4 and a half high fives!

Monodon Monoceros

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Iquanodon Anglicus

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Crossota Millsae

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Cartoon Couture? by fightclubsandwich

Originally posted by fightclubsandwich in October 2008

And now, an article for the girl who considers the Vans slip-on a more iconic shoe by far than anything by Christian Loubouwhatsit. Why spend all that money on Vogue or Cosmo or Glamour to learn about expensive, exagerated clothes being worn by models with ridiculous figures, that are difficult-to-the-point-of-impossibility to translate into real life? You can learn how to navigate your way around the convoluted, controversial world of fashion by remembering the cartoons you used to watch as a child!

Mona The Vampire

It’s pretty clear from the outset that Mona The Vampire is a child of the 1990s. Firstly, she embraces the grunge look, with dreadlocks, Courtney-Love-style exaggerated make-up (her eyelashes were about as long as her fingers, and those porcelain-doll-parody red spots on her cheeks must be some statement use of blusher) and baggy clothes that are often quite lumpy and misshapen, but in a cool way. On the other hand, other items of her attire, such as her loafers and knee socks are SO this summer, if you’re into the whole trend-spotting thing. Not to mention that Goth is supposed to be coming back in a big way this year (and if you’re anything like me, that is EXCITING NEWS).

However, Mona’s overall look is mostly reminiscent of the mix-and-match street styles torn straight from the Fruits books and magazines, and blogs such as hel-looks. com. The button up shirt is so Lolita-esque, especially accessorised with the over-sized neck bow and hair ribbons. Then there’s the clashy-clashy colour scheme- the cape alone is deep purple with lime green and mustard flowers, and worn with a red blouse! The reason that the likes of the Fruits books fascinate everyone is the sheer inventiveness that the subjects show, pulling off eclectic looks that make you wish YOU’D thought of that, and that mix is Mona’s look in a nutshell.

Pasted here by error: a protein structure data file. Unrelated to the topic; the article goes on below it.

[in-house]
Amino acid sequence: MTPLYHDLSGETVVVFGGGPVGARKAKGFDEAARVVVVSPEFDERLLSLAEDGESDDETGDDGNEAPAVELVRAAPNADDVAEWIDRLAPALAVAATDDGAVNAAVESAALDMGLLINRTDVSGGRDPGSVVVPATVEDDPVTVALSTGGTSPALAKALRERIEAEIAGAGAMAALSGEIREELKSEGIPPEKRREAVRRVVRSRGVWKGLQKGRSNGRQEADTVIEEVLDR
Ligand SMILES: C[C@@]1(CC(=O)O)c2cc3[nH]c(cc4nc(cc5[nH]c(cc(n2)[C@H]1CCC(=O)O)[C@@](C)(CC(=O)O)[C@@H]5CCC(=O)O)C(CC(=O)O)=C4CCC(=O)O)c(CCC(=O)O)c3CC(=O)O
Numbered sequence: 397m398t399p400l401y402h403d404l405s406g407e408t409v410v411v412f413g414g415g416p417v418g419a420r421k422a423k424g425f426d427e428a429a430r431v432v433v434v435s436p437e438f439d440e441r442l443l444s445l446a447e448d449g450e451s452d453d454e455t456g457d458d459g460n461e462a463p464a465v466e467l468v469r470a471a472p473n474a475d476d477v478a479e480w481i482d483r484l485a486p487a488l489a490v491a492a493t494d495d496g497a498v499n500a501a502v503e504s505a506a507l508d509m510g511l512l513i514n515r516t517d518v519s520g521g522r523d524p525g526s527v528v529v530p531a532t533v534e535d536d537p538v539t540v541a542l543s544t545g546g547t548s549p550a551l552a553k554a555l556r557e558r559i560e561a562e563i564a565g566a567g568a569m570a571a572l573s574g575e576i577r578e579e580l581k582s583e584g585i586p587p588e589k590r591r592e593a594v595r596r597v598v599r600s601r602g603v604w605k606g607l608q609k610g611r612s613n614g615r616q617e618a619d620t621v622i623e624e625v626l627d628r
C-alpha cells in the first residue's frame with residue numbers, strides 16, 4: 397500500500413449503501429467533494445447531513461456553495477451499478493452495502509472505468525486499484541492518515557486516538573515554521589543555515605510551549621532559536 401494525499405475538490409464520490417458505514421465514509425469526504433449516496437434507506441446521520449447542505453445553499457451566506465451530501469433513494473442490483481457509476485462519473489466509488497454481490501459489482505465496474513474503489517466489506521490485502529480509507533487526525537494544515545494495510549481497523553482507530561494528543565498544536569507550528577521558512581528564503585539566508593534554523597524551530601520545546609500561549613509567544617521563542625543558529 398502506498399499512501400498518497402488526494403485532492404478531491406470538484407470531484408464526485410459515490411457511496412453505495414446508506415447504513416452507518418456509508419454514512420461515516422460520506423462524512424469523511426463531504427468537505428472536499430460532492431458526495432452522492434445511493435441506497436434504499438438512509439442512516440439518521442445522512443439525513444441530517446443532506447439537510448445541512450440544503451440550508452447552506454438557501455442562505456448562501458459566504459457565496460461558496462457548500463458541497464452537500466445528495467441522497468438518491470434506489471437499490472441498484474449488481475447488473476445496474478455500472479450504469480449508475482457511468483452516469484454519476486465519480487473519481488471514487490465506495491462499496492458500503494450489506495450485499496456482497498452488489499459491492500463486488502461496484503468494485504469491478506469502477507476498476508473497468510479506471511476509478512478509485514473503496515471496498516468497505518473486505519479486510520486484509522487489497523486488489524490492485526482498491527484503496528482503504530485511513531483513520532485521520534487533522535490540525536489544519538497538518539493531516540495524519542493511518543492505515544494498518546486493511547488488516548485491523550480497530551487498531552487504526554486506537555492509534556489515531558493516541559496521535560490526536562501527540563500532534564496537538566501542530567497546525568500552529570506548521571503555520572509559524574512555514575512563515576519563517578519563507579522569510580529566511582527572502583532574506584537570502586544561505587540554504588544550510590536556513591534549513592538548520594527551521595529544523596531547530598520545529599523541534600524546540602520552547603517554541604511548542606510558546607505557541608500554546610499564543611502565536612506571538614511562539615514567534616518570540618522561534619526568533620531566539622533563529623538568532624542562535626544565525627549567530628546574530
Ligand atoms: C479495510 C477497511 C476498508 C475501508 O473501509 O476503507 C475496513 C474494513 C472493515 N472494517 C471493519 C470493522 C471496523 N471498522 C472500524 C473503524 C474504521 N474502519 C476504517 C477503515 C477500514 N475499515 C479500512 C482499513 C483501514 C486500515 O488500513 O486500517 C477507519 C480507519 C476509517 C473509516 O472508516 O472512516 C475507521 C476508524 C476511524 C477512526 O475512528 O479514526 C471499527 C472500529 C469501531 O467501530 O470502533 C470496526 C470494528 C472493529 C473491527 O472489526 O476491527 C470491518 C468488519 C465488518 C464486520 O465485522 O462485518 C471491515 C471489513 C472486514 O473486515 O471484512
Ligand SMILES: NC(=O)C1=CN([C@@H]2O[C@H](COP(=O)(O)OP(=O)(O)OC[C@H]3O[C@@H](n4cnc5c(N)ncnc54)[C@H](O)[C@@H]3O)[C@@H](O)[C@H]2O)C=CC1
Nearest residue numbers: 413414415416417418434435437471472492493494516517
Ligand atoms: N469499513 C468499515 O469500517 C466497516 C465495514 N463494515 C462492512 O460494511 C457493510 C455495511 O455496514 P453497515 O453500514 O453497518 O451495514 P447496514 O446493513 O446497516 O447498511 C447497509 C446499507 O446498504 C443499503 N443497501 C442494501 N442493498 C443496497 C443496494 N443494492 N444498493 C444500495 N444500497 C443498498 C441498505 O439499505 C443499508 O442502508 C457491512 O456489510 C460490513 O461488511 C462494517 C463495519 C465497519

Babar The Elephant

Babar is an elephant who is adopted by an Old Lady (referred to perhaps excessively bluntly as the “Old Lady”, and no, not in the sense that she was Babar’s “Old Lady”, it’s absolutely not THAT kind of a cartoon) and is taken to France, where he is dressed by Parisian tailors in what we must assume to be an extremely well-made suit. These guys designed and made clothes for an ELEPHANT, if you’re going to take on a challenge like that, you don’t do it by halves.

Anyway, then some more things happen, and Babar goes back to Africa and becomes King of the Elephants, bringing back many elements of French culture, in what may or may not be an endorsement of Western imperialism and colonialism, but I am not one to let Wikipedia ruin my childhood memories. Besides, all that subtext has nothing to do with the clothes. Does the possibility of a morally dubious underbelly to a children’s story really detract from the genius shade of green of Babar’s suit? It’s bold enough to be a personal trademark, but not too ridiculous or silly to undermine him or his role as a leader. Not to mention that the cartoon series at least show him wearing the suit as a very young elephant, (ambiguously aged, but I’d peg him as a teenager) as well as when he grows up to become a parent himself? This shows a sensibility about his style and teaches the kids from a very young age that there’s nothing glam about never wearing the same thing more than once, and a well-made item that will last you a lifetime is an infinitely wiser choice.

Madison from Cardcaptors

Like many children’s television programmes, Cardcaptors revolves around a young girl who has magical powers, blah blah blah, save the world, blah blah blah, cute little animal companion, etcetera. The aforementioned world-saver, Sakura, has a best friend who insists on designing beautiful outfits for her to wear whilst doing the whole magical thing, and if the characters’ school uniforms weren’t cute enough to leave any regular schoolgirl green with envy – those cute little berets! The bell-shaped sleeves! The red detailing on the collars! – Madison’s glorious garments raise Cardcaptors to the status of Sex & The City for ten year olds. It’s probably best to put any questions regarding the sewing skills of a child who is still in primary school in the back of your mind. Just open your eyes and let them water at the fabulous wardrobe she is responsible for.